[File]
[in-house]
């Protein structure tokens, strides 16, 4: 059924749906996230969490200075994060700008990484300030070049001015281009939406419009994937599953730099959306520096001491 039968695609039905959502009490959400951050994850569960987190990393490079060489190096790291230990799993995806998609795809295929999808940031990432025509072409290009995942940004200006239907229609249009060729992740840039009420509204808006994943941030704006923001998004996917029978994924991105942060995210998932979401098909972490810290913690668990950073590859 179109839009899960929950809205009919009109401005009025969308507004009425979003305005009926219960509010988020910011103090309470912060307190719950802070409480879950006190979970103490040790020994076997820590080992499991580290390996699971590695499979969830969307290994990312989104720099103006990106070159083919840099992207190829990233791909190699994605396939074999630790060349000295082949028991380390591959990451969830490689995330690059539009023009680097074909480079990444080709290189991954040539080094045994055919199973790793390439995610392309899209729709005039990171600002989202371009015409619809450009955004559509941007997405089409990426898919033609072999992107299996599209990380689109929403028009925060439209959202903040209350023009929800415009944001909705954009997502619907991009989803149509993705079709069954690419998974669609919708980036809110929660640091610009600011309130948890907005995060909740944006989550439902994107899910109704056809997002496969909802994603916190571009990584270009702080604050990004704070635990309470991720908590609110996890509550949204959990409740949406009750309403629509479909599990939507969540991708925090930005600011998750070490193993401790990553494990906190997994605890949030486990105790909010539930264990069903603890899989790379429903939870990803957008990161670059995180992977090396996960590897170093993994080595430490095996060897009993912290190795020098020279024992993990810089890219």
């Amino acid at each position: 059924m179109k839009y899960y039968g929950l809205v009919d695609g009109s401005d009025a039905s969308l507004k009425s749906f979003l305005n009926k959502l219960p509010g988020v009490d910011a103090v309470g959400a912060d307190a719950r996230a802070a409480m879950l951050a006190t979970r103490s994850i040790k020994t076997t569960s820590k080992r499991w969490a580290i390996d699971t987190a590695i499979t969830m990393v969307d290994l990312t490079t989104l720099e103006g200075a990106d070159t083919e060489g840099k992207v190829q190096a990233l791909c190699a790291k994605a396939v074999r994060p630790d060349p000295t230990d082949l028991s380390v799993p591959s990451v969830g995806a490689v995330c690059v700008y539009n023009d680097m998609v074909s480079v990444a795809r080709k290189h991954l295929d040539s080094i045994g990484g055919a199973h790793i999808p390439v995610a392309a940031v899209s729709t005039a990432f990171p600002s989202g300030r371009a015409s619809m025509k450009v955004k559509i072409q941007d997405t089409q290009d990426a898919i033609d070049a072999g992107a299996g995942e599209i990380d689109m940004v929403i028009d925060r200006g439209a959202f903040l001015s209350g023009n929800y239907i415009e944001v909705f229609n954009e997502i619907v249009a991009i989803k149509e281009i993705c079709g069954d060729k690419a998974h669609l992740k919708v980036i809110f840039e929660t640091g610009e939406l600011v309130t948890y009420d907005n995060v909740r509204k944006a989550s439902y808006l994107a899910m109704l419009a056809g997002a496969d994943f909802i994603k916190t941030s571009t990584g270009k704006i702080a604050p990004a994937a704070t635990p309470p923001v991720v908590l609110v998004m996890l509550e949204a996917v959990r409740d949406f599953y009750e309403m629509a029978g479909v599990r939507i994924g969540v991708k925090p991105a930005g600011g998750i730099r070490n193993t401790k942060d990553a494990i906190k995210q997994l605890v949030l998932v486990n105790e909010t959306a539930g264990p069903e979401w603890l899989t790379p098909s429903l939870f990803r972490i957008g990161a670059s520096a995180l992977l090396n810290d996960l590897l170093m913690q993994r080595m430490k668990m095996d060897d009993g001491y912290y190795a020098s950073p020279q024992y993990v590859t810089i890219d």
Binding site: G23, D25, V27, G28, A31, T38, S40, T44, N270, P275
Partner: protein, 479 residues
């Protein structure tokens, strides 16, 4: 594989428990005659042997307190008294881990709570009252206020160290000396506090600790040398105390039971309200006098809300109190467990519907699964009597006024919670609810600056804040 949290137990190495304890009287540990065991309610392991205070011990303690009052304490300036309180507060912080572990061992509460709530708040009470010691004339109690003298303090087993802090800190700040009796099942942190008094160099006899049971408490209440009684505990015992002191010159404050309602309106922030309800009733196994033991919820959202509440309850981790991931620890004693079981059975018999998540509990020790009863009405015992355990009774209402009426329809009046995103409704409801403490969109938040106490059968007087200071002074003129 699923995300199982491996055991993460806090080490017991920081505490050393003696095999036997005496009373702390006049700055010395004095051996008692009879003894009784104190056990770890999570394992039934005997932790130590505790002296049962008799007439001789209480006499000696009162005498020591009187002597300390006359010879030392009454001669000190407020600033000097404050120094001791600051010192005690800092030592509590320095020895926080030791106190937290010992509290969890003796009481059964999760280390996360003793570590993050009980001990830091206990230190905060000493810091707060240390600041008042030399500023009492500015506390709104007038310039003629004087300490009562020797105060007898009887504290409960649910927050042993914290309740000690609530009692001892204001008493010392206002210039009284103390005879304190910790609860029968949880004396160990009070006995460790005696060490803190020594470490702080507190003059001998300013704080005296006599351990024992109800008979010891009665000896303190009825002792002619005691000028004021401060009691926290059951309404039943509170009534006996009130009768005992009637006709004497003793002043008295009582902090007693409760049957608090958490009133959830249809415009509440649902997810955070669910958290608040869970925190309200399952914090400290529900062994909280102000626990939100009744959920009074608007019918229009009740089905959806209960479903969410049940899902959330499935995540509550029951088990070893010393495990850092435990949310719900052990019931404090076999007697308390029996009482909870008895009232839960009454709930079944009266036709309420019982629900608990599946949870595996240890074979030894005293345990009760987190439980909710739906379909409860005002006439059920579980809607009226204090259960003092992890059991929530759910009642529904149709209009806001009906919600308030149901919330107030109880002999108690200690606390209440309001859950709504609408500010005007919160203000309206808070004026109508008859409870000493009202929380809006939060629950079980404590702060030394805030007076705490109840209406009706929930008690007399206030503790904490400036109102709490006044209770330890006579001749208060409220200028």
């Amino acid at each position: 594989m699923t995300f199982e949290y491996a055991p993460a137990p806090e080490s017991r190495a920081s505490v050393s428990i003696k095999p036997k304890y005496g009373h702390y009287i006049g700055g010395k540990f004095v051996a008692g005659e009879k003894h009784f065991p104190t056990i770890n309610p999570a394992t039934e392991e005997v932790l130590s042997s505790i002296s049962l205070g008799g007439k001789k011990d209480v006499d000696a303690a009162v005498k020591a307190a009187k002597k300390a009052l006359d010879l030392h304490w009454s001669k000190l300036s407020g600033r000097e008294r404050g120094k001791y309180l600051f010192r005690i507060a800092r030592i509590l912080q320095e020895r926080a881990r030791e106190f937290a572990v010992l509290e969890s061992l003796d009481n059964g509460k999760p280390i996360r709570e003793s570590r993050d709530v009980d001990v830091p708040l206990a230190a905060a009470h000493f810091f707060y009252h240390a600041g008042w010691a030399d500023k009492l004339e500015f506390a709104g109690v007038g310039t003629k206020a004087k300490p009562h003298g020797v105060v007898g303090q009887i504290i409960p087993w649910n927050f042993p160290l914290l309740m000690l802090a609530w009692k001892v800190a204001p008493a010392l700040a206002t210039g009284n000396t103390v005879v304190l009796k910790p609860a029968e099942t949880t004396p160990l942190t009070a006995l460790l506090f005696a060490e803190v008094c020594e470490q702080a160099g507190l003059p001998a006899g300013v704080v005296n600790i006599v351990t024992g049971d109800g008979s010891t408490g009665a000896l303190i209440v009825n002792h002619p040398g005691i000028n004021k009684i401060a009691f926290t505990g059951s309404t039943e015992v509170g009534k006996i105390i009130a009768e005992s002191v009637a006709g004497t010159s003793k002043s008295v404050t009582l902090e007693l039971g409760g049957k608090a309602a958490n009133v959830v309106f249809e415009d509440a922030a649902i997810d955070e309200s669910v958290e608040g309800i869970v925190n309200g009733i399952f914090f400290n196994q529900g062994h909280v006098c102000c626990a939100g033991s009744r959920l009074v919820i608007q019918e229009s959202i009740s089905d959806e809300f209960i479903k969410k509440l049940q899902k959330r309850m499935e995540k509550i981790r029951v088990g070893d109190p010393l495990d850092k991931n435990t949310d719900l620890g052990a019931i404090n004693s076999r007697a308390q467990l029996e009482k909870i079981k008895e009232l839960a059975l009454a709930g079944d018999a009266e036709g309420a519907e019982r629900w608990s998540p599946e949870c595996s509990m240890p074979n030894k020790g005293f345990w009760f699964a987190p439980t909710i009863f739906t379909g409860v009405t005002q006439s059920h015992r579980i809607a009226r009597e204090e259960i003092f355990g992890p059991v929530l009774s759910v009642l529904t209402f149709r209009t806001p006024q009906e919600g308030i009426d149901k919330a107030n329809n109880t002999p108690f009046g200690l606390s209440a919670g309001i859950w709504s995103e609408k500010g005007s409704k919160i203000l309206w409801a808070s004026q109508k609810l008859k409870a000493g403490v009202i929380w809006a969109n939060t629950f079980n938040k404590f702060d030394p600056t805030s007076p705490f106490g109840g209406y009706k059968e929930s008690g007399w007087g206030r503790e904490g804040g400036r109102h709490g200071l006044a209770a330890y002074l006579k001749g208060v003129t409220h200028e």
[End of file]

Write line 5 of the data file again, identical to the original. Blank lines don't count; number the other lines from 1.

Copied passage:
Partner: protein, 479 residues